The Right Prescription

Unhealthy Choice

Personal responsibility and the health care debate.

By 9.17.09

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Of the countless reasons for our health care crisis, one, a lack of personal responsibility, has been getting short shrift. It certainly failed to get a single mention in President Obama's health care speech last week.

Likely it is because the whole concept of personal responsibility and its cousin self-reliance get short shrift. Once as American as pumpkin pie, personal responsibility has slowly been whittled away to the nub of an idea. When New England farmers -- the original and definitive self-reliantists -- began accepting farm aid and relying on government handouts, you knew it was over.

The problem was "briefly" addressed in the Republican response to Obama's speech. Louisiana Congressman Charles Boustany angered those few newspaper columnists left when he said: "I operated on too many people who could have avoided surgery if they'd simply made healthier choices earlier in life."

Sadly, what Boustany did not say was something to the effect that my health is my responsibility, not my government's. He also failed to mention that 75 percent of the $2.1 trillion dollars spent in this country last year on health care costs were for chronic diseases such as heart disease that are largely preventable and even reversible by changing diet and lifestyle. No, that was mentioned by Dr. Dean Ornish, founder and president of the Preventive Medicine Research Institute.

By the time the morning edition landed on the lawn, apologists had fired back at Boustany with a litany of pretexts for being fat and lazy as long as my arm. Mary Schmich -- who certainly looks healthy judging from her mugshot -- had more excuses than a pregnant nun: "A lot of people don't have a wide set of… healthy lifestyle choices," wrote Schmich in the Chicago Tribune. Schmich interviewed an "expert" who observed that "not everyone can afford to buy organic, join the gym, live in a walkable neighborhood."

Schmich and her expert are being disingenuous. She is erecting a whiny, politically correct straw man in the hopes of drawing attention away from the issue. Rep. Boustany was certainly not referring to those with genetic predispositions, or the poorest of the poor who live in drug and crime-infested areas where supermarkets and organic farmer's markets are few and far between, and cannot afford gym memberships. (By the way, I know of a gym everyone can afford. It's called the outdoors. I use it every evening.) Nor was he talking about the few folks who live in the bayous and Appalachian hollers and in Death Valley trailers.

No, he was talking about average Americans who weigh way above average.


SCHMICH ALLEGES that we are too busy to eat well, and -- allow me to paraphrase here -- that you can't expect us to turn off Gossip Girl and go for a brisk walk 'round the block; that you can't expect us to stop smoking or stop at two drinks; that you can't expect us to bring a healthy lunch to work when you could order in a pizza with extra toppings. Besides somebody has to bring in Krispy Kreme donuts every morning or how are we going to get motivated to sit our big butts down in front of the computer? Rep. Boustany is not being fair. He's for punishing the poor. And the lazy. And the obese. In other words, punishing the victims.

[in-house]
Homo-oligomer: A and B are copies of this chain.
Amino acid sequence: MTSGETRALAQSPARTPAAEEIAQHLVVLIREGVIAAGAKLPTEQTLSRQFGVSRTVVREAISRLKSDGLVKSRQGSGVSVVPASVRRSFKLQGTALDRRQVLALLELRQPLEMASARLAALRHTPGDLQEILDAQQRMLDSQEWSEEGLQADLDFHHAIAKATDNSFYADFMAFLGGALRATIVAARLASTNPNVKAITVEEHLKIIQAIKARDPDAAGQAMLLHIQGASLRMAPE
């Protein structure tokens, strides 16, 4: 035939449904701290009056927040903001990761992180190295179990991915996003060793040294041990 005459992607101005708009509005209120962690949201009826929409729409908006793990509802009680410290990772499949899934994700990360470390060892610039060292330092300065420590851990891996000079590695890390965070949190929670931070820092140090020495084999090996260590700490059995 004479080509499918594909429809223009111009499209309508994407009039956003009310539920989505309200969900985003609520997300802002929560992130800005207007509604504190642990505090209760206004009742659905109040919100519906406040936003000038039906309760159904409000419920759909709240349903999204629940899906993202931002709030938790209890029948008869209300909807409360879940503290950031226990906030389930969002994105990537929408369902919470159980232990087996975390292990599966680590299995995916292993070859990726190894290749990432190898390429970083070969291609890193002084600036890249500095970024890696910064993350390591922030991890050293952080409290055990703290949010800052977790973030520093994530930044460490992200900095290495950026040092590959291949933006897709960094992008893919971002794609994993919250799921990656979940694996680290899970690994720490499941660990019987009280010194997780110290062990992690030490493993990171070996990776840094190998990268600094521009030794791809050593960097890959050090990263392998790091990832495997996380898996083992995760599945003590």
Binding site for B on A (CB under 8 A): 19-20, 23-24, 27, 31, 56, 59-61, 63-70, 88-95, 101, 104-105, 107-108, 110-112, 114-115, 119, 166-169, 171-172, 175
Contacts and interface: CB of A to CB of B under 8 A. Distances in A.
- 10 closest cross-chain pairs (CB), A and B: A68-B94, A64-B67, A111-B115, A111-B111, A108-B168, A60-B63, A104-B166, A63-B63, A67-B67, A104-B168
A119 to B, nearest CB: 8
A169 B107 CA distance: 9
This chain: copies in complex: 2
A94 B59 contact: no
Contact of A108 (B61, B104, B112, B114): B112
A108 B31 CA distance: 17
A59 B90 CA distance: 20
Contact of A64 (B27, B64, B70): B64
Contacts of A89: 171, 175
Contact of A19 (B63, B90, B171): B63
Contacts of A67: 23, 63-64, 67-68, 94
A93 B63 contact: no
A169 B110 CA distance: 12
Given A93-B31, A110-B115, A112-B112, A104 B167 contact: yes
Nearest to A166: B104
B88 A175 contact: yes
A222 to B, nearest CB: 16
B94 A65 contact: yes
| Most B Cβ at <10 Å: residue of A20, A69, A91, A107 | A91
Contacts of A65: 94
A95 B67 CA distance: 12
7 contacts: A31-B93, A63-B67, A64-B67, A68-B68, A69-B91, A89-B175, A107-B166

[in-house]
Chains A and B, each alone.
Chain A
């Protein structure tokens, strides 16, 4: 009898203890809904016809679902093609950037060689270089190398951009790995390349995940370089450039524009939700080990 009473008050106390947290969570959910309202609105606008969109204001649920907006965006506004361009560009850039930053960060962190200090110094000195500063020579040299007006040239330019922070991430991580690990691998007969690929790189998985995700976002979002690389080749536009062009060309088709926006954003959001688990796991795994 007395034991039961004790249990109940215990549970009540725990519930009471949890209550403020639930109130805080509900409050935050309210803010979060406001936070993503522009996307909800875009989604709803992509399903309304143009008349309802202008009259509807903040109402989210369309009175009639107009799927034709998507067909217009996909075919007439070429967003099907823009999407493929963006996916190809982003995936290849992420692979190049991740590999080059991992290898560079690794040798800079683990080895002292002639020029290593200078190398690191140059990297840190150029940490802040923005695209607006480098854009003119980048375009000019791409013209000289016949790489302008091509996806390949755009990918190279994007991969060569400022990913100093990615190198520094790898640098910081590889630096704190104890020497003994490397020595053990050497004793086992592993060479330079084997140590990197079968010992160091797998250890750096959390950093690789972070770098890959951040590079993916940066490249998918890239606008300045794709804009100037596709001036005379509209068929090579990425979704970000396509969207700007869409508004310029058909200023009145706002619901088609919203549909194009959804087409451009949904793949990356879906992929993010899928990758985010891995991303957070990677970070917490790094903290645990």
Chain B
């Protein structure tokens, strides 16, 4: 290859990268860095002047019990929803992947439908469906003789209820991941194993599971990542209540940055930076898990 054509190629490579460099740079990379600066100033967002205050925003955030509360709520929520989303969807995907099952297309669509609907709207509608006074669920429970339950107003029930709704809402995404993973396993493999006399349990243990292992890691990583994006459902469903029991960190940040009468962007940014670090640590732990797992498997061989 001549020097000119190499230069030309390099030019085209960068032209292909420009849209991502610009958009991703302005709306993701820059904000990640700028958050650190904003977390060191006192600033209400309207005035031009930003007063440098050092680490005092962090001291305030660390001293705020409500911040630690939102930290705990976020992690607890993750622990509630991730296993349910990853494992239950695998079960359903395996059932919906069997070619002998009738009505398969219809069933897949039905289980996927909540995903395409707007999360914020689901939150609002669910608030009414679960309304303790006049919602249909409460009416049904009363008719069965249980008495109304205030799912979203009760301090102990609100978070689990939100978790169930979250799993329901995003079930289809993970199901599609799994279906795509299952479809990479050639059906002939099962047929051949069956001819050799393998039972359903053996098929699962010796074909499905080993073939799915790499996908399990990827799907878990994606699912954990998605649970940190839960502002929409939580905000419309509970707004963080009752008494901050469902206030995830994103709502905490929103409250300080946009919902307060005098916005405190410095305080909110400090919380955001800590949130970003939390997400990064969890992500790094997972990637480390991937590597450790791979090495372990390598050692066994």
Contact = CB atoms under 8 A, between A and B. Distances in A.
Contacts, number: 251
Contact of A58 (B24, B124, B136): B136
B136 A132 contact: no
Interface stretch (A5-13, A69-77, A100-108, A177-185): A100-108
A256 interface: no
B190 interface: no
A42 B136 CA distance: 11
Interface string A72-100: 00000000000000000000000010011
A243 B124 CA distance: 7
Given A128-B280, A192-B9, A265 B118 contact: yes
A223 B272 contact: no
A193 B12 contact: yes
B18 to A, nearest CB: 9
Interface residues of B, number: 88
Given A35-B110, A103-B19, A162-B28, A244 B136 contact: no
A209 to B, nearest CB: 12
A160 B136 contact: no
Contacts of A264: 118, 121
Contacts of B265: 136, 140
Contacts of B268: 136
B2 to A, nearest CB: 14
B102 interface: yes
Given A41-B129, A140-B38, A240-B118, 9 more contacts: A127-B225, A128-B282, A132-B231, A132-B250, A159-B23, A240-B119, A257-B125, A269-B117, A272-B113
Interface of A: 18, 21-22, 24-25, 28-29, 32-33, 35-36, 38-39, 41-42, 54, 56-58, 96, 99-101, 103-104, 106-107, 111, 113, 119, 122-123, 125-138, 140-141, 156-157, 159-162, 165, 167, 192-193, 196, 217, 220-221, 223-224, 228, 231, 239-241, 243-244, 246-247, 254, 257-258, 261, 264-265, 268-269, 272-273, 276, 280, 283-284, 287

Of course, who is really being punished are those Americans who maintain a healthy lifestyle and then have to pay the medical bills of those who won't.

In a piece in the August 12 Wall Street Journal, Whole Foods CEO Jim Mackey offered a modest proposal that upset more than a few liberals: "Rather than increase government spending and control, we need to address the root causes of poor health," he wrote. "This begins with the realization that every American adult is responsible for his or her own health."

Mackey's op-ed resulted in a call for a nationwide boycott from its liberal base of shoppers. The Boycott Whole Foods' Facebook page now has nearly 34,000 members, all of whom seem offended by Mackey's suggestion that government-run health care is not a human right.

I have always chafed at the government telling motorcyclists or bicyclists that we have to wear helmets for our own safety. Such laws, however, have always been embraced by liberals who note that the taxpayer might have to pay for your hospitalization, surgery, and rehab should you suffer a head injury. This liberal logic, however, doesn't seem to apply to other types of reckless behavior, like shoveling two Big Macs down your gullet every day for lunch. Suddenly it is not an issue of taxpayers being made to pay for others' reckless and stupid behavior. It's an issue of punishing society's victims.

I realize it is not easy to be healthy in this country. It takes a genuine effort. With the exception of produce sections, supermarkets stock mostly unhealthy foods, full of sodium and fats, because that's what most of us continue to demand. Some towns -- my own hometown, for instance -- have chosen to ban farmer's markets in an attempt to lessen the competition on brick and mortar grocers. Here in the Midwest we've chosen to design our cities and towns with few if any sidewalks and with wide, fast streets in what seems an effort to discourage walking. With both parents choosing to work, no one has the energy to cook slow, healthier food. And forget about trying to eat healthy in a restaurant. Brown rice? Whole wheat pasta? What are you, a comedian?

We libertarians would never dream of telling people how to live their lives. You want to smoke a carton of cigarettes a day, let me get out of your way. But when the day comes -- and come it will -- don't expect me to pony up for your open-heart surgery with a public option.

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About the Author
Christopher Orlet writes from St. Louis.